Gossip Girl season 2: Biphobic and Reductive

Rating: 1 out of 5.

The second season of HBO Max’s Gossip Girl opens in the second semester of junior year, with all the Constance and St Jude students returning to the city after the holidays. Gossip Girl is apparently determined to leave no stone unturned this season while understanding just what her audience wants. The official plot synopsis released by HBO Max state that things will be heating up between Julien Calloway (Jordan Alexander) and Monet de Haan (Savannah Lee Smith) as well as how Gossip Girl can make her impact more catastrophic than it was before, even if it means lying to do it. During this semester, only one queen can rule over Constance and St Jude’s and threatens that by the end of the school year, everyone will know where the bodies are buried. 

It is almost impossible to avoid a comparison of this Gossip Girl series to the original. With a second series of a reboot and spin-off, you would assume the new series would finally find its footing and stand on its own. In some ways, it does, but for all the wrong reasons. The first season opens up with a debutant ball, focusing on Julien and Monet’s debut into society, a rite of passage shown through the original series though unlike the original series, HBO Max’s Gossip Girl uses this to perpetuate young women trying to bring each other down with a physical smack down that leaves much to be desired. Unfortunately, the debutant ball is not where the attempts at copying the original series end. Chuck Bass’s lost weekend of season one has been rebranded as a boy’s getaway, though not much is shown of the copy. Perhaps the writers knew that the attempt to copy the drama of the debutant balls of the original series failed spectacularly, so avoided a similar disaster of attempting to copy Chuck Bass’s lost weekend. Sadly, the new batch of writers for season two had not learned the harsh lessons of their first season. With low and mixed ratings for the first season, hiring new or inexperienced writers were not the best choices to make.

One of the main problems with this series is that it barely tries to recapture what made the original series such a success. From trying to manufacture a leader out of Monet by having the character compare herself to Blair Waldorf, the terrible writing almost makes it feel as if it’s an insult to the very person Monet aspired to be. In the original series, Blair and Serena did not need to literally force people to bow or force a dress code (headbands aside) to assert their power within the school and even some corners of New York’s elite society. In this new world of Gossip Girl, it all feels small, confined to a phone screen instead of society itself. The only hint of the same clever sabotage that the original series had is short-lived, though is orchestrated by a character with little screentime.

The only glimmer of hope for a somewhat interesting character is Luna La (Zion Moreno). While, like the rest of the cast, her acting needs a lot of improvement, the character is the only one who shows any true cunning that made a lot of people love watching Blair Waldorf in the original series. Luna is still stuck in the serving role while other characters like Julien and Monet try to lead but don’t seem to grasp what it takes to lead a school and eventually, elite society. The writers should have given more screen time and agency to Luna and even Max Wolfe (Thomas Doherty) to a certain extent. It would be nice if Max’s main agenda weren’t just to have sex and do drugs, but anything other than two-dimensional characters seems a little out of the writer’s wheelhouse.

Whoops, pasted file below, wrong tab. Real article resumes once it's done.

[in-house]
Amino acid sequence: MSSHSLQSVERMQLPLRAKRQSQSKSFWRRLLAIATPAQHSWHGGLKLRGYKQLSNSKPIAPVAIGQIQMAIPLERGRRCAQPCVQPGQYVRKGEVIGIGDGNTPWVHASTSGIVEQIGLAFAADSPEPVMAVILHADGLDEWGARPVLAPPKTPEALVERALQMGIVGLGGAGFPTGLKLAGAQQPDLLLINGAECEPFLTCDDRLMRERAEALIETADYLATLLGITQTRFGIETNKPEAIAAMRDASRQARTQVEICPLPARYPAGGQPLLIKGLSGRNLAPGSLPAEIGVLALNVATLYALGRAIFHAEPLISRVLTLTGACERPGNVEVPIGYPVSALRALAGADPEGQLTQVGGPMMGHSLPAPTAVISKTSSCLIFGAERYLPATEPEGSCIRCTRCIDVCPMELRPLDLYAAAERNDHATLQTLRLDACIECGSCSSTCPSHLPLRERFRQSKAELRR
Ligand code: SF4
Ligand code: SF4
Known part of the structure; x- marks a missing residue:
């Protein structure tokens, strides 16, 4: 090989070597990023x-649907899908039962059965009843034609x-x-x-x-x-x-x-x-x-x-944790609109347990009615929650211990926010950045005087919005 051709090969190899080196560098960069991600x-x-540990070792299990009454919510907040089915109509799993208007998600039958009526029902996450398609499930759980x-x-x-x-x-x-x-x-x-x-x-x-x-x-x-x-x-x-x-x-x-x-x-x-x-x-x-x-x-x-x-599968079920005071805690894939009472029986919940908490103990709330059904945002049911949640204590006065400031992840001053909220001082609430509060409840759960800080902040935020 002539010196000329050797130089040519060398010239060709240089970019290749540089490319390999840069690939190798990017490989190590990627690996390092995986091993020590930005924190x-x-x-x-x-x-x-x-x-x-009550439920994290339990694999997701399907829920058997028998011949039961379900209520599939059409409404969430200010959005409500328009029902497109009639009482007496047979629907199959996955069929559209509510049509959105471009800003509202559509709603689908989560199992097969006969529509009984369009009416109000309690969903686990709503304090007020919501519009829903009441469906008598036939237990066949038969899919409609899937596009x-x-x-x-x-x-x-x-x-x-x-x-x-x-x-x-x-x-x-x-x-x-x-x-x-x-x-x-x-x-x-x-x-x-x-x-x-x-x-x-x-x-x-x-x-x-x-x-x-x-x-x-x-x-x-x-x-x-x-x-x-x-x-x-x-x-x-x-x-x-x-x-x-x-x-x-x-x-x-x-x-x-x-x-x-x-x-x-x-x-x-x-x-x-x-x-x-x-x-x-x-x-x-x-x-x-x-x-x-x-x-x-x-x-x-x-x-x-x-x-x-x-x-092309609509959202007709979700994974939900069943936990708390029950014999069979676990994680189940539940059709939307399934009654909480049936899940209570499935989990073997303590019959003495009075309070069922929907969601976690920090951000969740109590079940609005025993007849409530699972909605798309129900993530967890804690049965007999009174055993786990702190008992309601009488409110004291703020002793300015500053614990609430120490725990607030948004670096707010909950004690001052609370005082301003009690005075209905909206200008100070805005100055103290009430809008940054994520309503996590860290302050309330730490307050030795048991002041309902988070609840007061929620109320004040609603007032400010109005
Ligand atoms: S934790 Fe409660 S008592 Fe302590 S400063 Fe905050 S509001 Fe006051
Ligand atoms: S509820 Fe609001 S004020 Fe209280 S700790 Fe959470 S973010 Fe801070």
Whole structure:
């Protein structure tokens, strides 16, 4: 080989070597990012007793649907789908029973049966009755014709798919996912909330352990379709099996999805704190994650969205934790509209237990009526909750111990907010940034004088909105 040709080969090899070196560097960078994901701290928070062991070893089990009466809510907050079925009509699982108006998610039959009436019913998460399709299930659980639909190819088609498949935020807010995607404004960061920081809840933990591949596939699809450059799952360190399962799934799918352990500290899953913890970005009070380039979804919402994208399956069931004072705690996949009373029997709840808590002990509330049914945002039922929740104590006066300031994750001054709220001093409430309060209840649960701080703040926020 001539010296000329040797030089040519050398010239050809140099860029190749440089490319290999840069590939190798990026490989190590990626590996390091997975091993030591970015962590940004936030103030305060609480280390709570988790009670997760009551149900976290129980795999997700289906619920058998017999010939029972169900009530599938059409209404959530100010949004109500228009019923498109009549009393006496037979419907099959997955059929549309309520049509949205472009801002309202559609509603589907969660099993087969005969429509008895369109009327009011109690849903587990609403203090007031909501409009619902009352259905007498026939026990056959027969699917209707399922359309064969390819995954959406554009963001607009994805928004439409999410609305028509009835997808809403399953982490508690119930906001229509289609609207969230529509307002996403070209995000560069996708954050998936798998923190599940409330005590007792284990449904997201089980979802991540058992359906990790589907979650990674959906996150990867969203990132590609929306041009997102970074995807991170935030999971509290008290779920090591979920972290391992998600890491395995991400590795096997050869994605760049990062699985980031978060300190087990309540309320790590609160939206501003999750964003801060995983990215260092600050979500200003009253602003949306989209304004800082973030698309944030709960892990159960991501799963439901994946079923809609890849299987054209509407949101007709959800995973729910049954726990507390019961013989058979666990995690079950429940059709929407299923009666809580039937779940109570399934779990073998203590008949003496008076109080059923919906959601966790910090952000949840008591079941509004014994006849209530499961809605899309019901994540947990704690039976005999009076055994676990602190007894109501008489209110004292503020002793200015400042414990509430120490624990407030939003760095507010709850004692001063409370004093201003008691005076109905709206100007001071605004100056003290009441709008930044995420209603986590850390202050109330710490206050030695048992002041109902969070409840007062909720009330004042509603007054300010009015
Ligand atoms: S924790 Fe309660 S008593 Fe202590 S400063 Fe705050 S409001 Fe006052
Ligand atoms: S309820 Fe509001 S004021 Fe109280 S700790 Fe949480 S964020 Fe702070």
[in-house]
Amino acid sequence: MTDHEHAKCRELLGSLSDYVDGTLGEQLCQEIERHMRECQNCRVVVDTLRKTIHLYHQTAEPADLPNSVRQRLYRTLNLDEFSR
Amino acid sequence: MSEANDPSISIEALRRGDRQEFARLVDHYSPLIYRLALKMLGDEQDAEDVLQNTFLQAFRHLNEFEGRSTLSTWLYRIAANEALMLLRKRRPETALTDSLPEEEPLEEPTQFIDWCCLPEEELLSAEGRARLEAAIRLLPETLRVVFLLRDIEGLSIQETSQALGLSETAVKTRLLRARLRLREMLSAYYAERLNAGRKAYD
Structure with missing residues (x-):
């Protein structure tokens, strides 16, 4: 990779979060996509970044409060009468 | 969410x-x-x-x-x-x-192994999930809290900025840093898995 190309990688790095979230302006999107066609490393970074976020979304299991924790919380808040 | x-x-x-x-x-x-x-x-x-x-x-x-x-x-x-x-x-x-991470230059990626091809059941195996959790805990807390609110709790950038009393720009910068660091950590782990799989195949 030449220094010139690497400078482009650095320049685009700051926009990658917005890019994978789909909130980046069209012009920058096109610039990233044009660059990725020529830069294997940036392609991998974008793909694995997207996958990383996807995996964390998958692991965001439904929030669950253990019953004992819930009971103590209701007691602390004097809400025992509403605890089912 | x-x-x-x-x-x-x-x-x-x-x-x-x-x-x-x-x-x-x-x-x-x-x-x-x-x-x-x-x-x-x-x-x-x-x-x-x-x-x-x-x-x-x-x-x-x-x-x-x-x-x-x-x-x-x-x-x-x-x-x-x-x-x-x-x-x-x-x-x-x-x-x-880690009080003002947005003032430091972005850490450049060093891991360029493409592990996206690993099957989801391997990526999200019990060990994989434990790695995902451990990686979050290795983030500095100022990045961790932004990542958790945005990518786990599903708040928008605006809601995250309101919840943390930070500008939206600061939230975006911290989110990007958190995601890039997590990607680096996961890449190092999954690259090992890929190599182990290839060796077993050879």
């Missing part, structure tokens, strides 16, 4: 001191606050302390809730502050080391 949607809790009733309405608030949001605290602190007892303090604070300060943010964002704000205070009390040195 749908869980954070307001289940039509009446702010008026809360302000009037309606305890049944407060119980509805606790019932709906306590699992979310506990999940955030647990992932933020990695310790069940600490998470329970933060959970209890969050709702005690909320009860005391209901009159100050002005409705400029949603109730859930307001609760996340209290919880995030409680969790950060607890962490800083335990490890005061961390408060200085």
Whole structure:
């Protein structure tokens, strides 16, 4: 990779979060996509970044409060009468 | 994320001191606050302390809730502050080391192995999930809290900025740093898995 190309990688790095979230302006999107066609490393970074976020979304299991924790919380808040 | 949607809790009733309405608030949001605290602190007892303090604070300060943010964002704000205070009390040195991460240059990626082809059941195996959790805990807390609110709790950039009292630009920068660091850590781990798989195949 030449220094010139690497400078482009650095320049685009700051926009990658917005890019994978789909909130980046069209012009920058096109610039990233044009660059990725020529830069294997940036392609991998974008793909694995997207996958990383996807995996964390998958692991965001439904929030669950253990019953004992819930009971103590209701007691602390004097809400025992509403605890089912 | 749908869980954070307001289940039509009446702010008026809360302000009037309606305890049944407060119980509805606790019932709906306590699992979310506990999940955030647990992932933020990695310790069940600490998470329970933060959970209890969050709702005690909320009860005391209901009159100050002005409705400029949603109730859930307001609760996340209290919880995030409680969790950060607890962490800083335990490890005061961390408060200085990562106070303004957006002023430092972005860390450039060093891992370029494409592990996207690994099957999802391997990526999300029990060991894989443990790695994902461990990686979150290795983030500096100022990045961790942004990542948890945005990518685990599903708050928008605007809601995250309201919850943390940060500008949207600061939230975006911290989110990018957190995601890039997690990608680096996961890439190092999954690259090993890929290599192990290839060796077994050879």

There was so much promise for this reboot to be more inclusive with their story lines and they had the opportunity to tell more queer stories, as the creator and executive producer promised. Yes, there are more queer stories, but the second season does not shy away from derogatory comments on the bisexual and asexual community. From minor characters almost coercing another to have sex with them otherwise they will tell the new Gossip Girl “they have gone ace” to another saying a bisexual character isn’t truly bisexual and that bisexuality does not it exist, it simply had a “good publicist” is not only extremely wrong and offensive to those within the LGBTQ+ community, but it’s dangerous that it is coming from a show that is apparently celebrating being inclusive of a queer community. If it was all about being inclusive, I don’t think this is how Gossip Girl or Safran should go about these things.

This new season of Gossip Girl is lost. It hasn’t found its footing, but it has found its biphobia and weak writing identity. Rather than expanding on characters and plot lines, it’s clear that this new season is confused as to who to focus on and lacks the outsider view that Dan brought in the original series. Each episode feels repetitive, with things that are too easily resolved or put to bed; even the return of Georgina Sparks (Michelle Trachtenberg) can’t save this show. The original series celebrated New York, using the iconic city as part of its plot and characters. There seems to be no such thing as the New York Elite Society within this world. Now, it is just focused on Instagram screen shots that it all feels lost and repetitive.

Luna La takes the title of MVC, she is the only character that has any hint of agency outside of Instagram is one of the only characters that are truly a friend to others. It may have been better to expand on Luna than the messy relationships of the teachers going after the students.

Episodes 1-5 were given for review.

The second season of the Max Original GOSSIP GIRL debuts THURSDAY, DECEMBER 1.


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